As a priest who is now totally immersed in ministry to Hispanics, Jesuit Father Shay Auerbach said that his introduction to it was “a quirk of fate.”
“I’d just received a licentiate in liturgy and knew I would be going to a parish for two years,” he said.
The parish was St. Raphael’s in Raleigh, N.C., which had seen a recent increase in Hispanics.
“We need somebody to say Mass in Spanish. Can you read the Mass in Spanish?” Fr. Auerbach remembers the pastor asking him soon after his arrival.
“That began a whole new chapter in my life,” he recalls, adding that his stay of two years he began in 1999 ended up being six and a half years. The parish had 4,000 registered families.
At St. Raphael’s he helped establish the new Hispanic community.
“It had started a year before I got there,” Auerbach said. “By the time I left the parish would have 1,300 to 1,400 Hispanics for Mass on a weekend.”
Born in Honolulu, Auerbach was the son of a native Hawaiian mother of Chinese and Irish descent and a father of Irish, English and German descent. He grew up there and was educated at a private school known as Punahou, founded by Congregationalists.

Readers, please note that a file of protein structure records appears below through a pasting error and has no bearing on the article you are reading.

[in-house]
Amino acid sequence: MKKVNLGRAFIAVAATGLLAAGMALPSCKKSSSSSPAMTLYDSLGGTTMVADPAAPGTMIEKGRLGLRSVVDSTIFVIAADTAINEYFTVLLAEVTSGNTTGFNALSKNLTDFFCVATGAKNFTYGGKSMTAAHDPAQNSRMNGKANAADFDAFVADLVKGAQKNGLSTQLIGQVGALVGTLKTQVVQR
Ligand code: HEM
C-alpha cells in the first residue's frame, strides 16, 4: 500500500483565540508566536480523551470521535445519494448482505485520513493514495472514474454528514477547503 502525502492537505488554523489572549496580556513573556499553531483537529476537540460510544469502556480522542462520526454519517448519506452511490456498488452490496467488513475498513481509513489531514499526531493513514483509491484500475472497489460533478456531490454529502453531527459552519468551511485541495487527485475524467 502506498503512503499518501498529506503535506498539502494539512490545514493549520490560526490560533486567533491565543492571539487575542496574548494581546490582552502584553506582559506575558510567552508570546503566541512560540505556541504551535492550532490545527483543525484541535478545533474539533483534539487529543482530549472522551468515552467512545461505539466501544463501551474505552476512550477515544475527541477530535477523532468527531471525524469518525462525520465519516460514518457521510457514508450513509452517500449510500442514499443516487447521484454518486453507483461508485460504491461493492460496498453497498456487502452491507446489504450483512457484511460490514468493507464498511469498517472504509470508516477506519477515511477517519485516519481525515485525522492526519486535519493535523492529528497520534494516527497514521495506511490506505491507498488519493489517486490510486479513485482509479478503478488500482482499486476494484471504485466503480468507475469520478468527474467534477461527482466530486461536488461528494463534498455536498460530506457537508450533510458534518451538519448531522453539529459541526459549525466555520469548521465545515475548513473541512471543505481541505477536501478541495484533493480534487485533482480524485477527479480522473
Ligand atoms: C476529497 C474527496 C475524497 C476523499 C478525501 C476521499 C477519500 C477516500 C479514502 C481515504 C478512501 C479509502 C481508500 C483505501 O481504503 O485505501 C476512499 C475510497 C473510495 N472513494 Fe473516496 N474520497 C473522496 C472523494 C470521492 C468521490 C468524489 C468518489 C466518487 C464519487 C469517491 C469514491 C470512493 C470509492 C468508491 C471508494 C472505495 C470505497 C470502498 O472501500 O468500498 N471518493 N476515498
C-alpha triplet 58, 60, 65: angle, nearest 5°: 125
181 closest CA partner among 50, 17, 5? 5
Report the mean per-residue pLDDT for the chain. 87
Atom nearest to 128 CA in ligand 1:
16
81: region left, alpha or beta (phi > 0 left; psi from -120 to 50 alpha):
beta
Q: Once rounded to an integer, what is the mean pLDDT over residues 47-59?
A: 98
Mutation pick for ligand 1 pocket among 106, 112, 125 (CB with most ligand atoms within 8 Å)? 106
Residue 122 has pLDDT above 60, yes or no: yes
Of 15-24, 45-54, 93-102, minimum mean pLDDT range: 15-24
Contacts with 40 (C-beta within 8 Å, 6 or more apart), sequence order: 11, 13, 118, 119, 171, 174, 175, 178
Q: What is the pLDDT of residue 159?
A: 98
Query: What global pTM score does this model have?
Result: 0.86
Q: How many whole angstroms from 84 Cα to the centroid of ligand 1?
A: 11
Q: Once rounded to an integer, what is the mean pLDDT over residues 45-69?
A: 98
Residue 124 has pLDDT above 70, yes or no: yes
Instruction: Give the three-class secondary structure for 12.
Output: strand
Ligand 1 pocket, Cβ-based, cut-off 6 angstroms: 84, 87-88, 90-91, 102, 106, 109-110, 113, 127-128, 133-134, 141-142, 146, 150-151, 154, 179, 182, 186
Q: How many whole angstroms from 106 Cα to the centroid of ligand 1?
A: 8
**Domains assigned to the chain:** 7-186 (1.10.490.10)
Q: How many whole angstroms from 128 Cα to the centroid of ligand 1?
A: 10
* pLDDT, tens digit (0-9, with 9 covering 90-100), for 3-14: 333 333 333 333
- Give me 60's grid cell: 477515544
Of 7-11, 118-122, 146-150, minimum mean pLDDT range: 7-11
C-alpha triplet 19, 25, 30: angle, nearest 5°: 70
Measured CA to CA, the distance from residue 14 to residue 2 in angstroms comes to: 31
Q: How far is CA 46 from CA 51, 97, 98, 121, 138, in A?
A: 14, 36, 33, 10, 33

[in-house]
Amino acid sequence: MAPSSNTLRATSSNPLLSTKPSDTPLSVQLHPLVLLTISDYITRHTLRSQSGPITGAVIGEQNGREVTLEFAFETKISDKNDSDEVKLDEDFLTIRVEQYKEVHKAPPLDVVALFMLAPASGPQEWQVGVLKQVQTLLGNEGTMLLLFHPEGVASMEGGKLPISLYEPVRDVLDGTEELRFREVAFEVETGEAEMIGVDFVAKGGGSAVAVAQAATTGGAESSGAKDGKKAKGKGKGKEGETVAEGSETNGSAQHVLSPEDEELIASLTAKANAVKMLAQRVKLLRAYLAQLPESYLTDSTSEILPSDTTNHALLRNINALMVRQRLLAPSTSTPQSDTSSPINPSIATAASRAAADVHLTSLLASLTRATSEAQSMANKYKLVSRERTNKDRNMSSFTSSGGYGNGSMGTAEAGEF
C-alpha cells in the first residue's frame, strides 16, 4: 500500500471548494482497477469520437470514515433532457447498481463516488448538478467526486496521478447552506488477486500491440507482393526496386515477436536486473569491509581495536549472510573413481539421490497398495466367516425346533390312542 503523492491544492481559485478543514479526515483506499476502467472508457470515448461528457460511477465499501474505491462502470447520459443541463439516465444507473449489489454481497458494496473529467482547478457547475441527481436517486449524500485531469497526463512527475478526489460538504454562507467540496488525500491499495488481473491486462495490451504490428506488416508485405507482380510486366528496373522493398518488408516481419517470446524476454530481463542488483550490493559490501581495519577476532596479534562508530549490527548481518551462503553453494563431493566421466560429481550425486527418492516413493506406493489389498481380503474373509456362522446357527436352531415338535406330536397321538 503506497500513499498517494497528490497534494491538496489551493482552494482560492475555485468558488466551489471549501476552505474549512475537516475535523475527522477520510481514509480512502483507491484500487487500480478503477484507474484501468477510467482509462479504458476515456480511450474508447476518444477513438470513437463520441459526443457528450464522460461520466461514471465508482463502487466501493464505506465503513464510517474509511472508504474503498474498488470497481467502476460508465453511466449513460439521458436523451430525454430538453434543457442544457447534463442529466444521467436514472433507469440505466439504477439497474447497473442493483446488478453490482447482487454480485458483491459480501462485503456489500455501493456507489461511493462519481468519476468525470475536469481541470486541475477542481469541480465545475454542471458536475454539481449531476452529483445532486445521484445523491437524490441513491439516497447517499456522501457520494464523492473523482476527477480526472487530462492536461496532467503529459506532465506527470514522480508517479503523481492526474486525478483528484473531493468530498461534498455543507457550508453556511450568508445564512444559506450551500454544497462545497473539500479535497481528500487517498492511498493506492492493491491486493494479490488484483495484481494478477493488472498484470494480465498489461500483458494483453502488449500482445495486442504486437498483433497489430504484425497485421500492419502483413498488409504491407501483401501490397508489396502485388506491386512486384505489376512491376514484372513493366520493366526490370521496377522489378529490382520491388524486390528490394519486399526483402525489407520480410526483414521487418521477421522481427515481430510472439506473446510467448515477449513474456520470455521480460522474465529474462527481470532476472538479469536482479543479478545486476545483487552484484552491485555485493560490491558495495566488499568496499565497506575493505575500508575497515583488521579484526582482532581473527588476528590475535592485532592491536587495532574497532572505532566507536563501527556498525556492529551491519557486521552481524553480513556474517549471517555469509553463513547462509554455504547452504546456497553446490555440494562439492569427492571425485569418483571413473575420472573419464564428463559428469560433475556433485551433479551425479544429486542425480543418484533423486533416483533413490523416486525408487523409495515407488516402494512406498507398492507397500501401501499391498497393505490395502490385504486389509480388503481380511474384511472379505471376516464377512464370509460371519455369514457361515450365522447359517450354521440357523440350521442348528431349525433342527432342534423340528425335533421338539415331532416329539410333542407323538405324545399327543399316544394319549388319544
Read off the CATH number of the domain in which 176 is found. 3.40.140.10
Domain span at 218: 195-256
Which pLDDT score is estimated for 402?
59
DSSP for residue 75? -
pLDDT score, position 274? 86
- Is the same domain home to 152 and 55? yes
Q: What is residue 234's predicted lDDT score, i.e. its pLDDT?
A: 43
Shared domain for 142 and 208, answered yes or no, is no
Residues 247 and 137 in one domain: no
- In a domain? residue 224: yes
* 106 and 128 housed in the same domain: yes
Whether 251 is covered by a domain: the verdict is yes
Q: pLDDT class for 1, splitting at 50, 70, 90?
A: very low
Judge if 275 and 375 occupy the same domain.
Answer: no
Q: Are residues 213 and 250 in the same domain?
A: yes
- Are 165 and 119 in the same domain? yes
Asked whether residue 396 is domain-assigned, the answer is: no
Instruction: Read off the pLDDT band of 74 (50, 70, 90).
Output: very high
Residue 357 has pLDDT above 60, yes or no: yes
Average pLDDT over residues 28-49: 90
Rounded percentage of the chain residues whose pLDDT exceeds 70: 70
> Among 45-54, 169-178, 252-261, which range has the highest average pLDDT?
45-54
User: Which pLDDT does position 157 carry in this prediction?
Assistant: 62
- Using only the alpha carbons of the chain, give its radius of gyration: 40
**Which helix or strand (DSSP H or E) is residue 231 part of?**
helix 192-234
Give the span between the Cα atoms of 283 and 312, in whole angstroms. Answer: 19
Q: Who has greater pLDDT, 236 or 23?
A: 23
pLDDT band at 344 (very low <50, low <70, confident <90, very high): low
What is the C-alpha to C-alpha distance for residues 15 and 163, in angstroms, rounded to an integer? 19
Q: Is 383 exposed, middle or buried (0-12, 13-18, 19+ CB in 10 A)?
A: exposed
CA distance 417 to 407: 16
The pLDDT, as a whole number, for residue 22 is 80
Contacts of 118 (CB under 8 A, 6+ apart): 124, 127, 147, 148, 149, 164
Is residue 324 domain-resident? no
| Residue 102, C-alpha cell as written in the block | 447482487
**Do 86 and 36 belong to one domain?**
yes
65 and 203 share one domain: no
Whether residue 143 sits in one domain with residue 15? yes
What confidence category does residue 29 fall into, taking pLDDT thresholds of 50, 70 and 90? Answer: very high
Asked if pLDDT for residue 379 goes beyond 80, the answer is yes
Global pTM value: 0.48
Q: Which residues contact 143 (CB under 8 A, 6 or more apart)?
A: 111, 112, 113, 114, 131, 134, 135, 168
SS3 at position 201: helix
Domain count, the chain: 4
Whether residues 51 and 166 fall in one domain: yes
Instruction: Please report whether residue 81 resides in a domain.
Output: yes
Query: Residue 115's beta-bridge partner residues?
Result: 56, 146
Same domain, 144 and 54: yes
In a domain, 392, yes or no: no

“Its most famous alumnus is Barack Obama, who was two years ahead of me,” he said. “I certainly remember him.”
Early on, Auerbach had an interest in becoming a priest.
“I had thought about it as a kid, but I dismissed the idea, partly because it’s something Hawaiians never did,” Auerbach said.
After graduating from high school he went to Georgetown University in Washington, D.C. where he met the Jesuits.
“I was impressed by the fact that they were normal, real people,” he said. “I was impressed by their intellectual tradition and their value of other cultures and that they tried to learn from the cultures they worked with rather than simply impose their ideas.”